The deludedly optimistic youth of America
By Chadwick Matlin
The opinions expressed are his own.
Friday was a slightly-better bad day to be a young person in America. The morning’s unemployment said 14 percent of Americans 20-24 years old are now unemployed, down 0.7 points from September. Teenagers’ rate was similarly down, dropping 0.5 points to 24.1 overall.
But still—14 and 24.1 percent! Well above the national average of 9 percent, which isn’t exactly something the Millennials can look forward to.
And yet young people remain stubbornly optimistic. In a comprehensive new survey of 842 young people that Demos, a New York think tank, released this week, almost 69 percent of Americans 18-34 years old “believe the American dream is still achievable.” In other news, the average student debt for new graduates is now $25,250, larger than ever. (To be fair, this isn’t entirely recession-related. My debt was around $100,000 when I graduated, and that was a year and a half before Lehman went belly-up.)
Politicians are as deluded as young people. Rick Perry, in a slurry speech that’s better known for its delivery than its content, said last week that “our obligation is not only to provide children with the best environment to nurture, but to ensure every child inherits a land full of opportunity.” Mitt Romney and Herman Cain, meanwhile, are spending Friday at the “Defending the American Dream” summit. And the Dream dream affects Democrats too. Don’t forget about Barack Obama’s now-abandoned Win the Future campaign, which acknowledged that while things are awful, they could easily get better—if only we tried. A dysfunctional Congress scoffs at such a quaint notion.
A person prone to cynicism—(read: this author)—looks at this wishful thinking and blames it on demographics, which is to say blames it on politics. The perpetuation of the American Dream, despite all evidence suggesting the American Dream has died, is good politics in the way that Good Politics is almost always quite bad. It hijacks the American character while ignoring the American reality.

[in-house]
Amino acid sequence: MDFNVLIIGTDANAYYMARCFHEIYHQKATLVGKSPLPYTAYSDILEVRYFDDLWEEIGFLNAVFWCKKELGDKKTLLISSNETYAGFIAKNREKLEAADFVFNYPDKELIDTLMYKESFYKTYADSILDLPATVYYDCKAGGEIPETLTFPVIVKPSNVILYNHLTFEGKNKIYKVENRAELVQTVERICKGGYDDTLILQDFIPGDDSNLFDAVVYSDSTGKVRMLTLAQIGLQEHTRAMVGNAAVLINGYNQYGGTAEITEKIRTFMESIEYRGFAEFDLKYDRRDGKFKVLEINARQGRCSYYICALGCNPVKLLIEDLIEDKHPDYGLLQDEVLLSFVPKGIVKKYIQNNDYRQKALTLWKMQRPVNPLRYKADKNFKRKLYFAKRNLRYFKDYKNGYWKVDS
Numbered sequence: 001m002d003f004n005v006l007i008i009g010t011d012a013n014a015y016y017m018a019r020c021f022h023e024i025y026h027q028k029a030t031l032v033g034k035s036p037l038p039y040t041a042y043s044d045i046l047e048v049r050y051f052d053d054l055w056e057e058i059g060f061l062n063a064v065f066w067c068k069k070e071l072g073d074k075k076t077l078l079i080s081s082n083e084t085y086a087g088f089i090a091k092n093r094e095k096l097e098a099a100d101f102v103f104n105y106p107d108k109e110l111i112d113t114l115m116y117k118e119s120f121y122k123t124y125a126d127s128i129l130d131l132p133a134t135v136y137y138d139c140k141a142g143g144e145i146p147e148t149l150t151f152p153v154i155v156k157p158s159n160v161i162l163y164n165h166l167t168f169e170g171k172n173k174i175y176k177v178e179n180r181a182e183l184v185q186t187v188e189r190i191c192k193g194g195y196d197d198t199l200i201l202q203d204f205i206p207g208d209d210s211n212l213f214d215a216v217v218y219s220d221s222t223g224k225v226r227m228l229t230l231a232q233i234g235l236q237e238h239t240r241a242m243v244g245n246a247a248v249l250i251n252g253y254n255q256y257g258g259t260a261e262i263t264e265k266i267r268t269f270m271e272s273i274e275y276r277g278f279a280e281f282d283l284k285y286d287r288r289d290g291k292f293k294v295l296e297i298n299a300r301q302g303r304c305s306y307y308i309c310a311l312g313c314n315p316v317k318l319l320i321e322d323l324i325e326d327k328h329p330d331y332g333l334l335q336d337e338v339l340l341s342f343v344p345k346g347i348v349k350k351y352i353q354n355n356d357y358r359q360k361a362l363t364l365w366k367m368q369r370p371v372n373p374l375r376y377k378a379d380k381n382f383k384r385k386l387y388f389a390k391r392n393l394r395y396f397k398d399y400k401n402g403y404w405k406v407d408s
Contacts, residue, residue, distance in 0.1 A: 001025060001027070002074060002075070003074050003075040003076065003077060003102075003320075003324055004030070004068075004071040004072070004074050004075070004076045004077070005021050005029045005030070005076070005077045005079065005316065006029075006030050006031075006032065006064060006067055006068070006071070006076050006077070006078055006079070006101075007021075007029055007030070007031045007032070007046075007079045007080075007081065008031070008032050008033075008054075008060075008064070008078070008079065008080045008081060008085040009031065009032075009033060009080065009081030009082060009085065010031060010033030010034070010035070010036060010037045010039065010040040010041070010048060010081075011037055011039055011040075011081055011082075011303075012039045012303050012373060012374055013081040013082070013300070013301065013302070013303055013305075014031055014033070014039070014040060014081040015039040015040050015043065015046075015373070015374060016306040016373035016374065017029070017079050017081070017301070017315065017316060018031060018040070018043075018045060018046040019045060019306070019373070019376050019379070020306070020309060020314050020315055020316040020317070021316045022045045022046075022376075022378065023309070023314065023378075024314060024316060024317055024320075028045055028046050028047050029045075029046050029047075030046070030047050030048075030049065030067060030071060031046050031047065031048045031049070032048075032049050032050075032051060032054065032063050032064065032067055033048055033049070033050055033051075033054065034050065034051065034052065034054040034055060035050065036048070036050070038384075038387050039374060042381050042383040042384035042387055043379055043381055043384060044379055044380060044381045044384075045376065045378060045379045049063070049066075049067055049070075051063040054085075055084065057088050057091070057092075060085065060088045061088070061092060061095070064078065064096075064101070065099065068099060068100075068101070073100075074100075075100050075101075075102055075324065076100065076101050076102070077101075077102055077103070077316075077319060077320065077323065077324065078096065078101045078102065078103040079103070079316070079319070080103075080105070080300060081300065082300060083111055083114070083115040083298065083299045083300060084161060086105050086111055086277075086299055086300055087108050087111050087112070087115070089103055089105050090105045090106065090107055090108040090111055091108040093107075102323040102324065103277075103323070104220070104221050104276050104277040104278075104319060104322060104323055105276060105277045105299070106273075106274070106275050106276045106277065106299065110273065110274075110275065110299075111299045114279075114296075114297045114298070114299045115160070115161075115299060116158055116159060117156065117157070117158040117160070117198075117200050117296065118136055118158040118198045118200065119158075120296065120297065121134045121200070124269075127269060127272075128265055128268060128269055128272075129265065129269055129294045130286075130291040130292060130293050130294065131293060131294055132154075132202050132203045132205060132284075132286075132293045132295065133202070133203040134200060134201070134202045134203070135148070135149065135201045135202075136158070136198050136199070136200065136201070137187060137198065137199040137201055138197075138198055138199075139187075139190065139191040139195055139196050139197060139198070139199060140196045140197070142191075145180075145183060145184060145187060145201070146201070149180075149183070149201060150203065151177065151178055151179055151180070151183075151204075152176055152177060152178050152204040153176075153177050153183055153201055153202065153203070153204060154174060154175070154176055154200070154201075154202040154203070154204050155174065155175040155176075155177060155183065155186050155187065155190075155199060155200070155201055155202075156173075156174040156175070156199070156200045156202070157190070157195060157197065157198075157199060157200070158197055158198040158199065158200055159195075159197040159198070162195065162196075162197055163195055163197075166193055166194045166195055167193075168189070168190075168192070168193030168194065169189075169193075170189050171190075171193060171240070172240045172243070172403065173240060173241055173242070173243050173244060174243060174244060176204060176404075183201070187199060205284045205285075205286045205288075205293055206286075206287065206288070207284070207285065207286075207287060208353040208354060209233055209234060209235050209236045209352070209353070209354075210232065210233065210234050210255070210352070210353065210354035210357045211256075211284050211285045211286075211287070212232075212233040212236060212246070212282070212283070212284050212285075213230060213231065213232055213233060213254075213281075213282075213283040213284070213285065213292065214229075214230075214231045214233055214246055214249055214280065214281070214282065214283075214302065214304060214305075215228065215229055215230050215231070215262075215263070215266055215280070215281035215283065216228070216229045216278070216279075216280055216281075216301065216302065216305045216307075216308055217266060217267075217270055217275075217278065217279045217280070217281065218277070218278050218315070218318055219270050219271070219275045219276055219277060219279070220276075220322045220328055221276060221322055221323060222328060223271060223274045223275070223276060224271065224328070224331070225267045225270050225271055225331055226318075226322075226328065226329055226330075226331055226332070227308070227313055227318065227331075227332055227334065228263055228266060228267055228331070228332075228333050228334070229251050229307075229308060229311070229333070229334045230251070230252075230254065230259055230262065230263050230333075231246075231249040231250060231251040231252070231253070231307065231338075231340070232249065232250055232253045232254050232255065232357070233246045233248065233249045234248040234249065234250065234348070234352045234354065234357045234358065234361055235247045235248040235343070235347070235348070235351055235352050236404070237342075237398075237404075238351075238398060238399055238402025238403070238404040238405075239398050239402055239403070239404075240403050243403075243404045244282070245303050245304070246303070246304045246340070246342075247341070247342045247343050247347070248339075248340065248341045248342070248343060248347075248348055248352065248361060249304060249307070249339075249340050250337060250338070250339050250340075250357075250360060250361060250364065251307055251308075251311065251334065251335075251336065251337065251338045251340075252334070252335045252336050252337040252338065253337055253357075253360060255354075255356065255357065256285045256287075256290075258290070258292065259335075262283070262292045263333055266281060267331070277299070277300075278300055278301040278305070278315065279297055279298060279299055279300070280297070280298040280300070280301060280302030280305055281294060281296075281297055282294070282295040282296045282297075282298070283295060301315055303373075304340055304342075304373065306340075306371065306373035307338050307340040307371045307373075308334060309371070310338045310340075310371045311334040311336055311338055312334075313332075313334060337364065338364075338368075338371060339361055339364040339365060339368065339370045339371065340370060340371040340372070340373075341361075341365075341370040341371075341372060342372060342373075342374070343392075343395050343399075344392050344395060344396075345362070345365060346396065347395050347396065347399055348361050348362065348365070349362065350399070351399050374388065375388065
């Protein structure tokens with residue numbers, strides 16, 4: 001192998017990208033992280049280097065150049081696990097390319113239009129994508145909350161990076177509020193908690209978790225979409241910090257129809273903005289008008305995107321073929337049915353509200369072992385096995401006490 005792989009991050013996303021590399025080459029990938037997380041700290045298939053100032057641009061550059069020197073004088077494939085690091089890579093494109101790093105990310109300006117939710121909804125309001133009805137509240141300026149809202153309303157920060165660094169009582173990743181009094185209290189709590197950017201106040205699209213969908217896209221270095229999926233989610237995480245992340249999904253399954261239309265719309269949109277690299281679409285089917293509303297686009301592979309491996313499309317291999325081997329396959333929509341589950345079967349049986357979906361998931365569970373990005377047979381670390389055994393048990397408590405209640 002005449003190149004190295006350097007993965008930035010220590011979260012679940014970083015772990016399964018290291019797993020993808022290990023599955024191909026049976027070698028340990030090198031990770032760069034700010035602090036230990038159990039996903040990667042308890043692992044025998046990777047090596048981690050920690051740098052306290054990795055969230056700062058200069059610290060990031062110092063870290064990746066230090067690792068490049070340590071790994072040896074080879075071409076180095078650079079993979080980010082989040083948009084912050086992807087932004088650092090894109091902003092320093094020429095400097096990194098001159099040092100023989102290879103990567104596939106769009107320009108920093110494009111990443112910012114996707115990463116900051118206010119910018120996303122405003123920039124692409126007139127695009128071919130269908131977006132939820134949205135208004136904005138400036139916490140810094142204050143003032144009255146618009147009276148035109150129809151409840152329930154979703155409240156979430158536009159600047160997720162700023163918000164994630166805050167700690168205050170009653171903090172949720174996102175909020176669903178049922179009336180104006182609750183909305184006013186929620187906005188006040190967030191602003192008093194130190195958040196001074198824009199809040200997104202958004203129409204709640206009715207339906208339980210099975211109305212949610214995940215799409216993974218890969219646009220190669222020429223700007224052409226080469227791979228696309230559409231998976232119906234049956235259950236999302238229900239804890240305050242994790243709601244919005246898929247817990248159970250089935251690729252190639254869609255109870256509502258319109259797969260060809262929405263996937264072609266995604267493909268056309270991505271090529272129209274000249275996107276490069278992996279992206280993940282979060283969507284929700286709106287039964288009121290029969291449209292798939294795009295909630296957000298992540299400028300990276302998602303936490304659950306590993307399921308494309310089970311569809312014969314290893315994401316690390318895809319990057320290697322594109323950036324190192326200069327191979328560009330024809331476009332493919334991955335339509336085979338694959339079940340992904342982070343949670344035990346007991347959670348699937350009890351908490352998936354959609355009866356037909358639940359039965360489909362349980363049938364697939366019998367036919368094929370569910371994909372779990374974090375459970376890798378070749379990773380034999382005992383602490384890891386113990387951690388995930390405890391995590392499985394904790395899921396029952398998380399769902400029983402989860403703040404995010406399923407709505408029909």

Our political culture’s pervasive discussion of the mystical American Dream appeals to two main demographics: parents and kids. Which is to say, it appeals to nearly everyone. Parents—the very people who mucked up the earth and refuse to do anything about it—want to believe their wrongs will be absolved. Kids, meanwhile, need some dream to hold on to, else they all take to occupying the streets.
Which, whoops. The streets are now occupied, making politicians’ pleas to Millennials more important now than in 2008. Barack Obama, after all, needed the young people to win back then, and he’ll need to rely on them even more in 2012. But will they show up, especially given Obama’s mixed record on the youth’s pet issues? Will unfounded optimism be enough to drive them to the polls? Or will the unemployment that has already put them on the couch keep them there come Election Day?
I dove into historical voting trends for answers…and found more confusion. There’s a very weak correlation between youth unemployment (I used 16-24 year olds) and their coming out to vote. See the chart below, where the blue line is the gap between registered and actual voters aged 18-24, and the red line is an average unemployment rate in the three quarters preceding a presidential Election Day. Some years, high youth unemployment means low youth turnout. Other years, it’s the other way around.
There have been plenty of people trying to make sense of Millennials in the last few weeks. Much of the rumination was launched by a New York Magazine cover story about how young Americans are readjusting their expectations in the recession. The thesis: expectations are being readjusted downward, but there isn’t much choice otherwise. And isn’t that what getting older is about?
The author is a close friend, and while she was writing the piece I told her that our generation should be named the Dayenus, after the Hebrew for, essentially, “it would’ve been enough.” Every Passover Jews sit around the table and tell the story of the exodus from Egypt, singing that it would’ve been alright if God had only freed them from slavery. The whole splitting the Red Sea thing was just gravy.
Demos’ data suggests that for young people it’s apparently enough just to be an American. Who cares about crippling student debt, a piddling employment rate, and a democracy that sometimes borders on farce? We live in a country that allows for a modicum of civil rights and has the wealth to at least make us entertain our dreams (if not achieve them). We can make do with that.
But dayenu can easily calcify into apathy. Presidential candidates are promising miracles; but young people, optimists though they are, may be done hoping for politicians to come and part the Red Sea. They’ve seen far too many drown in Washington’s red tape.
PHOTO: Graduating students listen to U.S. President Barack Obama speak at the University of Michigan commencement ceremony in Ann Arbor, Michigan May 1, 2010. REUTERS/Kevin Lamarque